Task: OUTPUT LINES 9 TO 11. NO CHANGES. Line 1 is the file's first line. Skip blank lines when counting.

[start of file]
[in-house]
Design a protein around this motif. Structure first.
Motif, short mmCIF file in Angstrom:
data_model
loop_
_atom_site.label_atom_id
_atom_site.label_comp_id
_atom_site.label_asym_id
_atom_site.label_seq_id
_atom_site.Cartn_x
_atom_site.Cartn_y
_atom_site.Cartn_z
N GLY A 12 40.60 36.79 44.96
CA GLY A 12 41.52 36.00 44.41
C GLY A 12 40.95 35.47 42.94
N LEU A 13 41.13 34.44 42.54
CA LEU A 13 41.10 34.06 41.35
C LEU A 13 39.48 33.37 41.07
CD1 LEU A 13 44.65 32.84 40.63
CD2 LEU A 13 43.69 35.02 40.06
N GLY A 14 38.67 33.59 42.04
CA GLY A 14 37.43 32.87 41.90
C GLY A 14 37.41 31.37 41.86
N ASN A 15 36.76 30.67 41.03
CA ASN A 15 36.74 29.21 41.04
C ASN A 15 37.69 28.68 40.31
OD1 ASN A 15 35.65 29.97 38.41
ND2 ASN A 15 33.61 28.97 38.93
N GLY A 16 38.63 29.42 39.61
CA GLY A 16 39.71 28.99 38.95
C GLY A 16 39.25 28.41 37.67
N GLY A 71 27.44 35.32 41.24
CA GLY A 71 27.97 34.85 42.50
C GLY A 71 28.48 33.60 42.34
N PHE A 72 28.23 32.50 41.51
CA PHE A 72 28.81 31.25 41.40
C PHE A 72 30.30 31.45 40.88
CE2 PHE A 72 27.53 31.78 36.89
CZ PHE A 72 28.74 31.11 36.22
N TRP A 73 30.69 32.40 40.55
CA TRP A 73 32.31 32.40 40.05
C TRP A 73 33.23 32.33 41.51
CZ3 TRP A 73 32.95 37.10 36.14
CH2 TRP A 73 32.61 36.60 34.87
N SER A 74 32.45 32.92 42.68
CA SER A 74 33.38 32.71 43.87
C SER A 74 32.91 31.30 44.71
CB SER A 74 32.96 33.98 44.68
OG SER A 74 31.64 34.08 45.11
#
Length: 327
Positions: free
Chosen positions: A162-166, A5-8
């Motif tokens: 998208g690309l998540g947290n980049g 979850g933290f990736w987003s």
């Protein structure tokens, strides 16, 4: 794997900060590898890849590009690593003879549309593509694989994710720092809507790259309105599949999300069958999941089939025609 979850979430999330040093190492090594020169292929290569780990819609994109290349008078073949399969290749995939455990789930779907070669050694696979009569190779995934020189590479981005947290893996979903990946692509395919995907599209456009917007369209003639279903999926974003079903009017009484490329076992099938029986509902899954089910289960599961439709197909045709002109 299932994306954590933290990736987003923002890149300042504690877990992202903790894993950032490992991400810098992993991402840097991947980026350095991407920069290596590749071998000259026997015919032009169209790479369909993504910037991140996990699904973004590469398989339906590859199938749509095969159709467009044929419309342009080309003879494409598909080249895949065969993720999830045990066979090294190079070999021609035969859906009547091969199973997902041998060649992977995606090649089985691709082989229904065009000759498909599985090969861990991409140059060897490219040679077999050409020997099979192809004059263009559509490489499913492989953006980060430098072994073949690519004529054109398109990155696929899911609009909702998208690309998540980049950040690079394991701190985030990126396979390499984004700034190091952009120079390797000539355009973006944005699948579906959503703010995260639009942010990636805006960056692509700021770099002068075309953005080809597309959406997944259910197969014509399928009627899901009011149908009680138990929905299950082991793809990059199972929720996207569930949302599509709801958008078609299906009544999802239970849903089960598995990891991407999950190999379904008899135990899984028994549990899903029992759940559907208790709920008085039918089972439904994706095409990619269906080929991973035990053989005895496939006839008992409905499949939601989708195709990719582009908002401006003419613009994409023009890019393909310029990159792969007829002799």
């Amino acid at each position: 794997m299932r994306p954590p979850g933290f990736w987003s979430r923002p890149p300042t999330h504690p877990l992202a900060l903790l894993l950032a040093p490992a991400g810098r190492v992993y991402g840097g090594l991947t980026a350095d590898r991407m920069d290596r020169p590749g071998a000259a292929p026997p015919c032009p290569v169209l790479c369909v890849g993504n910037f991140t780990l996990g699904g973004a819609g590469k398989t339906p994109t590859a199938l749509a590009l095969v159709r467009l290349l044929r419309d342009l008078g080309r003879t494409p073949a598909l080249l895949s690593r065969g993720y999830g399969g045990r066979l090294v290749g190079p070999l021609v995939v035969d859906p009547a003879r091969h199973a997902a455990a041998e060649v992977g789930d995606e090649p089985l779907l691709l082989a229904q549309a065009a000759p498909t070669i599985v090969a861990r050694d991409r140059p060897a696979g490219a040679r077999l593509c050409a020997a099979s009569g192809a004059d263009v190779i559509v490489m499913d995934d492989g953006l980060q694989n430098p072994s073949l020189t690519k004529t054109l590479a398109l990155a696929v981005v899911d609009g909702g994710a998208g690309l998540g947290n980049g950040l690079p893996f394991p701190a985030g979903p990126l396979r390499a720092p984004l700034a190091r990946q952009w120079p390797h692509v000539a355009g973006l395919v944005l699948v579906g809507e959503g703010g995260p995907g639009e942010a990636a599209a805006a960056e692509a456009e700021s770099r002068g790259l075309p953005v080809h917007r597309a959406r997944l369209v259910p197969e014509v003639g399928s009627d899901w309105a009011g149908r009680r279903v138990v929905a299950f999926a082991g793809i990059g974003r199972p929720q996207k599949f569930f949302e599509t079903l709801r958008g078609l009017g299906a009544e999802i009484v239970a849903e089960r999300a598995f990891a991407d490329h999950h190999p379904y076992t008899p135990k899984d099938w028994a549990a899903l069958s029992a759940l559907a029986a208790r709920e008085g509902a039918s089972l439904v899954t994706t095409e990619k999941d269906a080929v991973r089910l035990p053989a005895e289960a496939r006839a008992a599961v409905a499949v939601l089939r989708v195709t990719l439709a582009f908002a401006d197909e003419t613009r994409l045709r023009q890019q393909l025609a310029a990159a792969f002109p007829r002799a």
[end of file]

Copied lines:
_atom_site.label_seq_id
_atom_site.Cartn_x
_atom_site.Cartn_y